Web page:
Online learning: Definitely possible

There’s been a lot of talk over the past several years about online learning. Some people sing its praises without reservation. Others claim that it doesn’t work at all. I have successfully learned over the internet and I have successfully taught over the internet. It can work very well, but it requires a commitment on the part of the teacher and the learner that is not always present. In this series of posts I will discuss what has worked well and what hasn’t in my experience, specifically in teaching linguistics to undergraduate speech pathology majors.

Online learning is usually contrasted with an ideal classroom model where the students engage in two-way oral conversation, exercises and assessment with the instructor and each other, face to face in real time. In practice there are already deviations from this model: one-way lectures, independent and group exercises, asynchronous homeworks, take-home exams. The questions are really whether the synchronous or face-to-face aspects can be completely eliminated, and whether the internet can provide a suitable medium for instruction.

The first question was answered hundreds of years ago, when the first letter was exchanged between scholars. Since then people have learned a great deal from each other, via books and through the mail. My great-uncle Doc learned embalming through a correspondence course, and made a fortune as one of the few providers of Buddhist funerals in San Jose. So we know that people can learn without face-to-face, synchronous or two-way interaction with teachers.

What about the internet? People are learning a lot from each other over the internet. I’ve learned how to assemble a futon frame and play the cups over the internet. A lot of the core ideas about social science that inform my work today I learned in a single independent study course I took over email with Melissa Axelrod in 1999.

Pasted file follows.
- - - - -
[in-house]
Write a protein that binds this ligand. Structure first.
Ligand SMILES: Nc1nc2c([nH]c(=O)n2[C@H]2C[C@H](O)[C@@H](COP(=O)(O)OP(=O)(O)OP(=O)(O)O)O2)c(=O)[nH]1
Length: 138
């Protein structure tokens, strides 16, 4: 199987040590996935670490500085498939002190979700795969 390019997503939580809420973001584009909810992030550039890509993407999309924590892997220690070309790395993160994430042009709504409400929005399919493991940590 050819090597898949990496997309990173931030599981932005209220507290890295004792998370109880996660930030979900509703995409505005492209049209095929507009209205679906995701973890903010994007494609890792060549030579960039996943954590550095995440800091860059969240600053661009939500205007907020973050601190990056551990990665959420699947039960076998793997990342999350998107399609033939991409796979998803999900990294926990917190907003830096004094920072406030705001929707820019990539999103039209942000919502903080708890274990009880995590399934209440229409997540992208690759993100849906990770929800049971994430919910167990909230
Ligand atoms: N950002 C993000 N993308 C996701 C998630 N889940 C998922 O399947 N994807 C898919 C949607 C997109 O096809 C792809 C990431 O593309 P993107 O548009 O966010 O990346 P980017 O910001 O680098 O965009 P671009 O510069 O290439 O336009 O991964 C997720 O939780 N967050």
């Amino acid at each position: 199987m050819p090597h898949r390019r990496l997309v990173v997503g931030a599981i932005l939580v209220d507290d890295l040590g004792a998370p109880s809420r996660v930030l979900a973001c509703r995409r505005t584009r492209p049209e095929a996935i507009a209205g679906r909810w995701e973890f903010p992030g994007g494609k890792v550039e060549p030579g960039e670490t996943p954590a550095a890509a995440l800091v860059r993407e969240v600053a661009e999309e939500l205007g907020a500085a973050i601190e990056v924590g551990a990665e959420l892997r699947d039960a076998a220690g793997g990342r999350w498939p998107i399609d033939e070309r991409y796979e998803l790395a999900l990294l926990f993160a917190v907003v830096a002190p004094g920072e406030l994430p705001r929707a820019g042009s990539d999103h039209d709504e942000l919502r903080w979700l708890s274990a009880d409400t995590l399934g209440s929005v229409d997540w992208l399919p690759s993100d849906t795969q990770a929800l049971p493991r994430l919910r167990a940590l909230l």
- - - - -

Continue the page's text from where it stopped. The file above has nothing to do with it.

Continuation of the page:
My most dramatic exposure to online learning was from 2003 through 2006. I read the book My Husband Betty, and discovered that the author, Helen Boyd, had an online message board for readers to discuss her book (set up by Betty herself). The message board would send me emails whenever someone posted, and I got drawn into a series of discussions with Helen and Betty, as well as Diane S. Frank, Caprice Bellefleur, Donna Levinsohn, Sarah Steiner and a number of other thoughtful, creative, knowledgeable people.

A lot of us knew a thing or two about gender and sexuality already, but Helen, having read widely and done lots of interviews on those topics, was our teacher, and would often start a discussion by posting a question or a link to an article. Sometimes the discussion would get heated, and eventually I was kicked off and banned. But during those three years I learned a ton, and I feel like I got a Master’s level education in gender politics. Of course, we didn’t pay Helen for this besides buying her books, so I’m glad she eventually got a full-time job teaching this stuff.

So yes, we can definitely learn things over the internet. But are official online courses an adequate substitute for – or even an improvement over – in-person college classes? I have serious doubts, and I’ll cover them in future posts.